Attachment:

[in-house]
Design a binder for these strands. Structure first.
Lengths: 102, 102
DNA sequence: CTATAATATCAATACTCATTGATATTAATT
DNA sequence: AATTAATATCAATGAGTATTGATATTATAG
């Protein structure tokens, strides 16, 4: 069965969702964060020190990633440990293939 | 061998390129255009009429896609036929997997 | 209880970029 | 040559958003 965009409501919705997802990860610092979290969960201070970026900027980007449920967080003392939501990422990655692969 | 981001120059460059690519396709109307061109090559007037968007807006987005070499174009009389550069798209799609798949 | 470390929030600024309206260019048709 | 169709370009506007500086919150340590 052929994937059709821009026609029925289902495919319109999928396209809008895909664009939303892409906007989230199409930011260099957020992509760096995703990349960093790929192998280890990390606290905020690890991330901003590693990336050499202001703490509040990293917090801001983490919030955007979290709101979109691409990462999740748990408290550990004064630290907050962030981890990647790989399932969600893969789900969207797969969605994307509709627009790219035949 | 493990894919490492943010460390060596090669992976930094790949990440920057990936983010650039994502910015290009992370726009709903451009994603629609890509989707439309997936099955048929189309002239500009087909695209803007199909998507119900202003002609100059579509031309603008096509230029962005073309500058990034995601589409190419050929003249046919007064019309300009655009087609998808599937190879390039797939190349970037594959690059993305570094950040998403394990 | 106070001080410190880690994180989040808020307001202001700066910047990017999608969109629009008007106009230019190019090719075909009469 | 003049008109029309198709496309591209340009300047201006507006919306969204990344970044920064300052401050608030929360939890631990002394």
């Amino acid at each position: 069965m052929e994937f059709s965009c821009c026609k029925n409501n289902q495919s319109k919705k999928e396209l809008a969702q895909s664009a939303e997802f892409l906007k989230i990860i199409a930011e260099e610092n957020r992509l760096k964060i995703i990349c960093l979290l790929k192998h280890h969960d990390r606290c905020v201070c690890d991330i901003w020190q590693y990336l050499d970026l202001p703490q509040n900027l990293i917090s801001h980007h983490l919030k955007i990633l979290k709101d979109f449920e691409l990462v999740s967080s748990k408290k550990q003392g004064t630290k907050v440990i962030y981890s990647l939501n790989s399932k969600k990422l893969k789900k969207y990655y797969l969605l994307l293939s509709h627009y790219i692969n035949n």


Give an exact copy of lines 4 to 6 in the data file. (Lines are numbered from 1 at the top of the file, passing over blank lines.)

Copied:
DNA sequence: CTATAATATCAATACTCATTGATATTAATT
DNA sequence: AATTAATATCAATGAGTATTGATATTATAG
């Protein structure tokens, strides 16, 4: 069965969702964060020190990633440990293939 | 061998390129255009009429896609036929997997 | 209880970029 | 040559958003 965009409501919705997802990860610092979290969960201070970026900027980007449920967080003392939501990422990655692969 | 981001120059460059690519396709109307061109090559007037968007807006987005070499174009009389550069798209799609798949 | 470390929030600024309206260019048709 | 169709370009506007500086919150340590 052929994937059709821009026609029925289902495919319109999928396209809008895909664009939303892409906007989230199409930011260099957020992509760096995703990349960093790929192998280890990390606290905020690890991330901003590693990336050499202001703490509040990293917090801001983490919030955007979290709101979109691409990462999740748990408290550990004064630290907050962030981890990647790989399932969600893969789900969207797969969605994307509709627009790219035949 | 493990894919490492943010460390060596090669992976930094790949990440920057990936983010650039994502910015290009992370726009709903451009994603629609890509989707439309997936099955048929189309002239500009087909695209803007199909998507119900202003002609100059579509031309603008096509230029962005073309500058990034995601589409190419050929003249046919007064019309300009655009087609998808599937190879390039797939190349970037594959690059993305570094950040998403394990 | 106070001080410190880690994180989040808020307001202001700066910047990017999608969109629009008007106009230019190019090719075909009469 | 003049008109029309198709496309591209340009300047201006507006919306969204990344970044920064300052401050608030929360939890631990002394």